Richard Edward Lloyd Maunsell is one of three railway engineers commemorated in the naming of a line of comparatively modern streets just up from Wolseley Road and along the line of the erstwhile London and South Western Railway. A pupil of Henry Ivatt on the Great South & Western Railway in Ireland he joined the Lancashire & Yorkshire Railway in 1891. There he had spells in the workshops, drawing office and running sheds. Three years later he was appointed assistant locomotive superintendent on the East India Railway before returning to Inchicore in Ireland as works manager in 1896.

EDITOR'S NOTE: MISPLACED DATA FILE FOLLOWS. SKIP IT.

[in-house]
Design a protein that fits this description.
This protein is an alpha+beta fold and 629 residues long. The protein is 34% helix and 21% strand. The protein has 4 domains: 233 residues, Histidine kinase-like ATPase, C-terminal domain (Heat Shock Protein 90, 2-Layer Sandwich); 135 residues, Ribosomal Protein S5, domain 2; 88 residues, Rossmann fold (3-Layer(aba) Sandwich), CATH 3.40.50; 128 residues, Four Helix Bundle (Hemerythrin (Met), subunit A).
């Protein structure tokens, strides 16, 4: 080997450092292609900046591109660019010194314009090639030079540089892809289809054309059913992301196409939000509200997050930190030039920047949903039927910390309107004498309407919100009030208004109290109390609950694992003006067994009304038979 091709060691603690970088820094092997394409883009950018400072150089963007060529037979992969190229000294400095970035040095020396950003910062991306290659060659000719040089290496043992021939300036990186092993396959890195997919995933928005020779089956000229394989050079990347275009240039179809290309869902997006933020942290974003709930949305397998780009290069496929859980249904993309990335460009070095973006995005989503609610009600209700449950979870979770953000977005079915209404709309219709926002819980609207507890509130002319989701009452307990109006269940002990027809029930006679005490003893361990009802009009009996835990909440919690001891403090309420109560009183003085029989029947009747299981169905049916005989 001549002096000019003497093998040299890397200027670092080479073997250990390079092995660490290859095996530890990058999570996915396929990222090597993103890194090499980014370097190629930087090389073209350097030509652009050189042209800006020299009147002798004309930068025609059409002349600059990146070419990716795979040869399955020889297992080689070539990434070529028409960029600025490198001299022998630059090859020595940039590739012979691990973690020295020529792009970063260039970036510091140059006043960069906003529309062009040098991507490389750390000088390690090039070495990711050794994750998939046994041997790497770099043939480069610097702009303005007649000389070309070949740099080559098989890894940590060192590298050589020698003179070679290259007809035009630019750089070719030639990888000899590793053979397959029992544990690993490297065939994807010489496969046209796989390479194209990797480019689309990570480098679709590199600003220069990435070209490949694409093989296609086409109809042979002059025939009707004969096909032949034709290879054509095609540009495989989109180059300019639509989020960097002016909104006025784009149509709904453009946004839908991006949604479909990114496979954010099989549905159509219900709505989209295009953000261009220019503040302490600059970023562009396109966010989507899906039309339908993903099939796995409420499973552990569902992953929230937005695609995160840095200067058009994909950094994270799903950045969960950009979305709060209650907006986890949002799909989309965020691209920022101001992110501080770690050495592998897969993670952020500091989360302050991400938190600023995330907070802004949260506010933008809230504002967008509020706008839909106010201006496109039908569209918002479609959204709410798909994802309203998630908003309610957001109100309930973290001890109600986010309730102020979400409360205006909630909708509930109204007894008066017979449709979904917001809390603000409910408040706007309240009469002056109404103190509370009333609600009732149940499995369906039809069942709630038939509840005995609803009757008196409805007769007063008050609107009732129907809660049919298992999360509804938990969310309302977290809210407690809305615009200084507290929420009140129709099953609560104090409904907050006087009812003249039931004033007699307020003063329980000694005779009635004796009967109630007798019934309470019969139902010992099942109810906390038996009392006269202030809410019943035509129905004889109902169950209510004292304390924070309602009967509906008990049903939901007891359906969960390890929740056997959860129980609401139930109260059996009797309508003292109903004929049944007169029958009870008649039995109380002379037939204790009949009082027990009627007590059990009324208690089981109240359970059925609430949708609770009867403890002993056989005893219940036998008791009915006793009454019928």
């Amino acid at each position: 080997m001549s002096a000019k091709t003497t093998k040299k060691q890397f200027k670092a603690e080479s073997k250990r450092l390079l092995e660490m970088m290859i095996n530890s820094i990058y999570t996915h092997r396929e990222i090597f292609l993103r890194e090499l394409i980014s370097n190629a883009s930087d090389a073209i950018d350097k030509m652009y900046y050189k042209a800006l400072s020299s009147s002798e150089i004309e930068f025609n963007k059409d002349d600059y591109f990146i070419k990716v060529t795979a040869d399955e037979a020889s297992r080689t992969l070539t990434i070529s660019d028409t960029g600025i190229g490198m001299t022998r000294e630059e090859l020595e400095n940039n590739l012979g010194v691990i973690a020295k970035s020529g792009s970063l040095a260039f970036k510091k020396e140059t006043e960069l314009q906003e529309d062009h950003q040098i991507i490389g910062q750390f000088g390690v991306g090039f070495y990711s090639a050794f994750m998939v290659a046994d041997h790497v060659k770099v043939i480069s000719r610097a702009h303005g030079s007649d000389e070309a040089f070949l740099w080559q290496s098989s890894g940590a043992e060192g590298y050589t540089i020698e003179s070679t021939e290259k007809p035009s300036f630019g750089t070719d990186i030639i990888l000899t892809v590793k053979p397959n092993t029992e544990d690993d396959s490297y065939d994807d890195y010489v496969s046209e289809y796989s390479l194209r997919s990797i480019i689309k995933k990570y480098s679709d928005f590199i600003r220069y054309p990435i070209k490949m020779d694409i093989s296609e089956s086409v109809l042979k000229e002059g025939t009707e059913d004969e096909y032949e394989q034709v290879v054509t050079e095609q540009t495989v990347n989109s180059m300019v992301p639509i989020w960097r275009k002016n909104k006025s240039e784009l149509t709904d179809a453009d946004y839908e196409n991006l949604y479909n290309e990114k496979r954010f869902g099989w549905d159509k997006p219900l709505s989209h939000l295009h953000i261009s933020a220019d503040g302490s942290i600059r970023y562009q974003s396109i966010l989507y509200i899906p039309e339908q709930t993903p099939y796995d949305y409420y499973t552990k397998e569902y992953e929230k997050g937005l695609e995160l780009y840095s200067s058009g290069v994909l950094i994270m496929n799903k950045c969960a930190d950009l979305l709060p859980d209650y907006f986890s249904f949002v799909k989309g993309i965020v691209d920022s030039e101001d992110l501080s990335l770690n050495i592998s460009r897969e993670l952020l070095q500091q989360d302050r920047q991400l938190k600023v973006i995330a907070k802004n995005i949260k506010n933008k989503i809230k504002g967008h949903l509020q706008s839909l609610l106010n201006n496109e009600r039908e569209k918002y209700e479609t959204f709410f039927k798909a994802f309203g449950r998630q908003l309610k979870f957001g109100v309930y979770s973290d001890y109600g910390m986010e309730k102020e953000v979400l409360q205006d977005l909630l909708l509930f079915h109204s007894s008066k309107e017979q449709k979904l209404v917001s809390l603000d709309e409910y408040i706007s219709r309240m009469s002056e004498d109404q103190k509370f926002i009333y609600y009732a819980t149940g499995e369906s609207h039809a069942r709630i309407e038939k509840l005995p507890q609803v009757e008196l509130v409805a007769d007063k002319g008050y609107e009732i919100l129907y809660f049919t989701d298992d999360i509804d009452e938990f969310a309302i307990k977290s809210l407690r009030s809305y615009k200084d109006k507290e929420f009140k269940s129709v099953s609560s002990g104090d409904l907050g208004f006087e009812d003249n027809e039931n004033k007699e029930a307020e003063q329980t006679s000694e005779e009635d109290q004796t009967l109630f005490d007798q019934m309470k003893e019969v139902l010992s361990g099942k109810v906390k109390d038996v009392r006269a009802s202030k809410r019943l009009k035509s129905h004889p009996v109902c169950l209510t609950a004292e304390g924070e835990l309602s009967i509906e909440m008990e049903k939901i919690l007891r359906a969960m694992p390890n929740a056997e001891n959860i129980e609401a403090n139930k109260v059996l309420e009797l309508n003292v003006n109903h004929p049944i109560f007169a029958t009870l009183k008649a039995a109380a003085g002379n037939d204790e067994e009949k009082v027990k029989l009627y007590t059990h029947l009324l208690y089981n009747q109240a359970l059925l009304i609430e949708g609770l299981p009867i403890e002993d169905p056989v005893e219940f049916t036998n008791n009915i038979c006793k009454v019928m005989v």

In 1913, the much-travelled forty-five year-old Maunsell was appointed Chief Mechanical Engineer for the South Eastern & Chatham Railway and there he assembled a design team that included Pearson, Holcroft and Clayton. Between them they developed the modern 2-6-0 and 2-6-4 tank locomotives and greatly improved the existing 4-4-0 passenger locomotives. The London & South Western Urie 4-6-0 was greatly improved under his command on the Southern Railway and when he retired he was succeeded by Oliver Bulleid. Maunsell died in 1944, he was 76.